The success of these efforts often depends upon many things, including the experience, training, competence and ethics of those responsible for leading the process toward resolution. It also depends on who is being investigated for wrongdoing and what’s at stake. For example, can someone who reports to the president effectively investigate the president objectively and without fear of retaliation or reprisal? Will the president act to address an issue with her superiors on behalf of an employee, even if doing so would put her job or a charitable gift at stake? If someone makes a claim against the university to human resources, is it human resources’ job to protect the individual employee or the institution? Will human resources abandon their duty to protect the individual’s rights when it doesn’t serve to protect the institution? Remember, while the law (and internal policies) state that your employer or the person you complain about can’t retaliate, it doesn’t mean they won’t. They may bank on the possibility the individual won’t be able to prove retaliation or doesn’t have the wherewithal to challenge it in court.

The administration’s or governing bodies’ (as a whole or in part) ability to lead can be called into question. Formal complaints can be made because leaders are believed inadequate, unfit or failed to uphold the law or the academy’s policies and procedures. Campus constituents via a faculty, college or staff senate may act through a parliamentary procedure. Complaints against the administration or governing body (or individuals within those bodies) are made by a motion of no confidence, which is then discussed, debated and voted on. If the motion succeeds, it communicates a level of distrust and lack of general support.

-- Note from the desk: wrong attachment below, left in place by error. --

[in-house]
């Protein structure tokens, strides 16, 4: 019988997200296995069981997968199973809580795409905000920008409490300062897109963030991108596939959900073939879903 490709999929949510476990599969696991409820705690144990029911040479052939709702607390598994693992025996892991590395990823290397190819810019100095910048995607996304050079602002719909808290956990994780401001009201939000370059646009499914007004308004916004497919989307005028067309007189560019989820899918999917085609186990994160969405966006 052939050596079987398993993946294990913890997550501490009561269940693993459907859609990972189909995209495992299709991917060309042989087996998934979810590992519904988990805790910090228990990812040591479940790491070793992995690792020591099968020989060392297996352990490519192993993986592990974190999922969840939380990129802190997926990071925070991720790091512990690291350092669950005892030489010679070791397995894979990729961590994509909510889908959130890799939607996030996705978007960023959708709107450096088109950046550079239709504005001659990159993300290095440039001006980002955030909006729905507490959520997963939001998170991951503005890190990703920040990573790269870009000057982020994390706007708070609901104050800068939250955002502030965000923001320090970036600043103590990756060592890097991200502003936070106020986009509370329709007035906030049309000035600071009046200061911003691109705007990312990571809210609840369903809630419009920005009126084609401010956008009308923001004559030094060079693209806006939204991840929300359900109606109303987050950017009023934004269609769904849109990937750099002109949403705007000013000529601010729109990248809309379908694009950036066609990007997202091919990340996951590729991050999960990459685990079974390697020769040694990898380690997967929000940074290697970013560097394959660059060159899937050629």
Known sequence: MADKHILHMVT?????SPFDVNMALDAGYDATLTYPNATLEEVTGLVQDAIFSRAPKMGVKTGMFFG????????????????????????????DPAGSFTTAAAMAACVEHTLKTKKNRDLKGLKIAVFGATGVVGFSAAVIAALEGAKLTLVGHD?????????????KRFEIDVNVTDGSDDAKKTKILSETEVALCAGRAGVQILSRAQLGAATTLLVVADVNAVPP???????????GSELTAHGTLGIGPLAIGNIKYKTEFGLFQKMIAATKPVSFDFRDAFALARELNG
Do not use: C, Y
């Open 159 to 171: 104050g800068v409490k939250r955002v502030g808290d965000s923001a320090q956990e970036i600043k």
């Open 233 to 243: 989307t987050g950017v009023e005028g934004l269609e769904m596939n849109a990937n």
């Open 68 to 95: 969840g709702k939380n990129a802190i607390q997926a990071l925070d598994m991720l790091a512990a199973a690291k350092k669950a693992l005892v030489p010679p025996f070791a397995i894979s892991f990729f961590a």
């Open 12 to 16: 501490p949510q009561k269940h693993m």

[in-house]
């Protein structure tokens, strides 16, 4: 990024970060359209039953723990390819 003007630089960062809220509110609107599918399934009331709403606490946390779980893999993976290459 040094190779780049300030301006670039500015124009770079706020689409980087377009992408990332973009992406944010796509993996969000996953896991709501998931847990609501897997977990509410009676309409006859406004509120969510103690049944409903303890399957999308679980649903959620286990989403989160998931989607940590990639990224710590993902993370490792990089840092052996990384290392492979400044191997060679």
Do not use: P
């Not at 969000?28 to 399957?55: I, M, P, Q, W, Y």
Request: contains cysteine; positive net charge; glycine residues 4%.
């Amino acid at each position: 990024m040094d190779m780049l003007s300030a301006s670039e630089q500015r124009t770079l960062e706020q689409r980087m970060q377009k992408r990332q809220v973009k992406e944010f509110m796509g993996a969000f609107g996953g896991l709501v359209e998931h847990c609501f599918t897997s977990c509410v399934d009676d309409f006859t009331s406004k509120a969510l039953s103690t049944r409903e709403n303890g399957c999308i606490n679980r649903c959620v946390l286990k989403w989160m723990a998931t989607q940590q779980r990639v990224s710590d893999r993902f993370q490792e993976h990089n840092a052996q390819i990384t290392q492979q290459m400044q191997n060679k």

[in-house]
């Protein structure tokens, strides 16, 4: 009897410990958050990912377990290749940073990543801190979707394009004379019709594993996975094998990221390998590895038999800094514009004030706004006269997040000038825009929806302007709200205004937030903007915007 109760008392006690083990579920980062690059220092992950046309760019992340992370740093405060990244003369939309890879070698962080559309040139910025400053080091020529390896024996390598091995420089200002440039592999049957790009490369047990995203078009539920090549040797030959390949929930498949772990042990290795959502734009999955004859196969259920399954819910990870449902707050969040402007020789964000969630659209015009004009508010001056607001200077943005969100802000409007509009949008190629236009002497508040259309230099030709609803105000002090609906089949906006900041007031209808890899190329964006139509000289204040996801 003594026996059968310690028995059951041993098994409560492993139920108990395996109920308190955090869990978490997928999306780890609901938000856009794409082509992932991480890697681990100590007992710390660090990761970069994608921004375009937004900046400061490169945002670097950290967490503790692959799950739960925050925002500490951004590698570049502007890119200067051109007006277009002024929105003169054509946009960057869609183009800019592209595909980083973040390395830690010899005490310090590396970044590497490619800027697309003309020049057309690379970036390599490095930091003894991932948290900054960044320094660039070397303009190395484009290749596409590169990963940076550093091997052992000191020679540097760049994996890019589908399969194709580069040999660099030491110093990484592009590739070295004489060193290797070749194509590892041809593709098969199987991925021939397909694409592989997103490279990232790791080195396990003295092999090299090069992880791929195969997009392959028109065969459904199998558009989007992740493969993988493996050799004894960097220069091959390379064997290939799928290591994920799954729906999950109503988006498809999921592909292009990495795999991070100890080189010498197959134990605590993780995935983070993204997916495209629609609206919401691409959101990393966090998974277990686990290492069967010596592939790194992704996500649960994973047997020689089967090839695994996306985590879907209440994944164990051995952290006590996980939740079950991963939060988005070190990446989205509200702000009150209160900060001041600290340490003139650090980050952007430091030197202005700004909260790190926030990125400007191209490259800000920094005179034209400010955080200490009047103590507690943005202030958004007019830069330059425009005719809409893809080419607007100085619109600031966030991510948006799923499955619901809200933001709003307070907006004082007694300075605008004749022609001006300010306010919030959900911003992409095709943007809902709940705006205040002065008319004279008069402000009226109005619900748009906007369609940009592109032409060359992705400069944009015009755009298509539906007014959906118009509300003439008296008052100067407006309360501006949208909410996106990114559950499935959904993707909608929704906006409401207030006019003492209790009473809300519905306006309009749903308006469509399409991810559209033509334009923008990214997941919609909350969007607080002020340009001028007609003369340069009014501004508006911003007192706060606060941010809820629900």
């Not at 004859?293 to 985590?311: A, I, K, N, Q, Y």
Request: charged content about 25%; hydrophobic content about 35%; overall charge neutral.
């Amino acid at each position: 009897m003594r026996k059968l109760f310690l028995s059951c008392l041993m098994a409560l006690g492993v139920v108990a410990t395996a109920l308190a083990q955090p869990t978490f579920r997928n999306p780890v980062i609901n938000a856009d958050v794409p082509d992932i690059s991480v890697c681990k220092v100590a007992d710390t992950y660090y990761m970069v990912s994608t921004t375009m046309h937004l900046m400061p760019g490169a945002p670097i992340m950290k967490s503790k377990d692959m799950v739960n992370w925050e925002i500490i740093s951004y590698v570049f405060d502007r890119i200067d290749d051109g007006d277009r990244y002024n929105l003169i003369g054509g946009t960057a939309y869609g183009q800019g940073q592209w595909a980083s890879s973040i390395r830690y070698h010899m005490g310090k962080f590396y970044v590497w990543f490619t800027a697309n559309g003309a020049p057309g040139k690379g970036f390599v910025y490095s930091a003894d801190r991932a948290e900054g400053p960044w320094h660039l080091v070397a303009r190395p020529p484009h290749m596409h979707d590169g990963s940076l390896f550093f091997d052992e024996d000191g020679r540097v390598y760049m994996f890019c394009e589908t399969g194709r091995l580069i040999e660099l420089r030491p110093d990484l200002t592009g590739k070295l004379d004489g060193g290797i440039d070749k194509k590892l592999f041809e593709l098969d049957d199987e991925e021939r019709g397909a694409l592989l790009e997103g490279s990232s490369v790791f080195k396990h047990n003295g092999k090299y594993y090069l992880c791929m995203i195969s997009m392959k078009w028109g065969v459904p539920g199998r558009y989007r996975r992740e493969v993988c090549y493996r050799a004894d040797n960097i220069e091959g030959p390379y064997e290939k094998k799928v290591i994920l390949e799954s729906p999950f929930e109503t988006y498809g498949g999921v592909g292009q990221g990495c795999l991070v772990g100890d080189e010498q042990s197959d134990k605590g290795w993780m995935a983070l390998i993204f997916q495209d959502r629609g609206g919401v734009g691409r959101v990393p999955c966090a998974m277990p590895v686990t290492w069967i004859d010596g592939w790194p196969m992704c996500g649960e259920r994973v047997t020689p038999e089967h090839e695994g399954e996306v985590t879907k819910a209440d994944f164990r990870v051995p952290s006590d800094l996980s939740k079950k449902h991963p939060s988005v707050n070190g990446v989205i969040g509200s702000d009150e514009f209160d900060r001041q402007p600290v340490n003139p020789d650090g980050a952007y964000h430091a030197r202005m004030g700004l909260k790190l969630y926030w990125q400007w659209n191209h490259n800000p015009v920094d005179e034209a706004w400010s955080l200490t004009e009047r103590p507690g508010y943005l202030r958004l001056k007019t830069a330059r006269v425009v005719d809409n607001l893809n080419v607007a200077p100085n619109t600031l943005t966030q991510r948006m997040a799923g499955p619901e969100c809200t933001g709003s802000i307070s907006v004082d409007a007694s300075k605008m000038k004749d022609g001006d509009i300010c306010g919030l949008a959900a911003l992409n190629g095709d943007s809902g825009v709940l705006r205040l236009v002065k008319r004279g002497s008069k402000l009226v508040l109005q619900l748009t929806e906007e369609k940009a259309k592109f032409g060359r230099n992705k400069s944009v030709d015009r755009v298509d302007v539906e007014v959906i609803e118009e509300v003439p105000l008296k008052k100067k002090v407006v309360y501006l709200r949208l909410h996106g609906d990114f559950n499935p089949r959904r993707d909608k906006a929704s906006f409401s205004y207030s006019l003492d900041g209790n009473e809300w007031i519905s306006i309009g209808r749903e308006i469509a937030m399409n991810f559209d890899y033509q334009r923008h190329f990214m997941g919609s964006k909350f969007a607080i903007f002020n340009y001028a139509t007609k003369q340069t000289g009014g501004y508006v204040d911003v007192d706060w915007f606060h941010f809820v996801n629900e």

While a vote of no confidence is symbolic, it can have repercussions. The article “Power of the Faculty: Consequences of No Confidence Votes for College Presidents,” by authors Daniel P. Nadler, Mei-Yan Lu and Michael T. Miller, was published in the fall 2017, volume one edition of Journal of Research on the College President (University of Arkansas). It presented findings of their study: “Of the 57 no-confidence votes, within six months of the actual vote, the campus leader was removed from office in 32 of those instances; 56% of the time a presidential change followed a faculty-led no-confidence vote. The reasons for departure varied dramatically, with the majority of those departures being nonvoluntary on the part of the president (n=21; 66%), but they also included retirement, vacating the position for personal reasons (resignation), accepting a position at another institution, accepting a different position in the university or system, and in two cases, promotion within the university system.”

Complaints can also be made outside a particular institution to oversight organizations and bodies that may act through sanctions, censure, penalties and lawsuits. Some of those bodies include the American Association of University Professors (aaup.org), the National Collegiate Athletic Association (ncaa.org), the state controller’s office, the state department of education and accrediting bodies. They each have methods and processes to address issues. For example, the AAUP might weigh in on matters of tenure, the NCAA on cases of equitable treatment of men’s and women’s sports teams, or the controller on an institutionally affiliated foundation allegedly violating its contract with the state system.

Failure to resolve issues internally (or at the level of an overseeing body) may lead to other actions of last resort, especially concerning civil rights and employment-related complaints. Next week is “Actions of Last Resort in the Academy (Part 2: External Avenues),” where I’ll look at making complaints via state and federal government.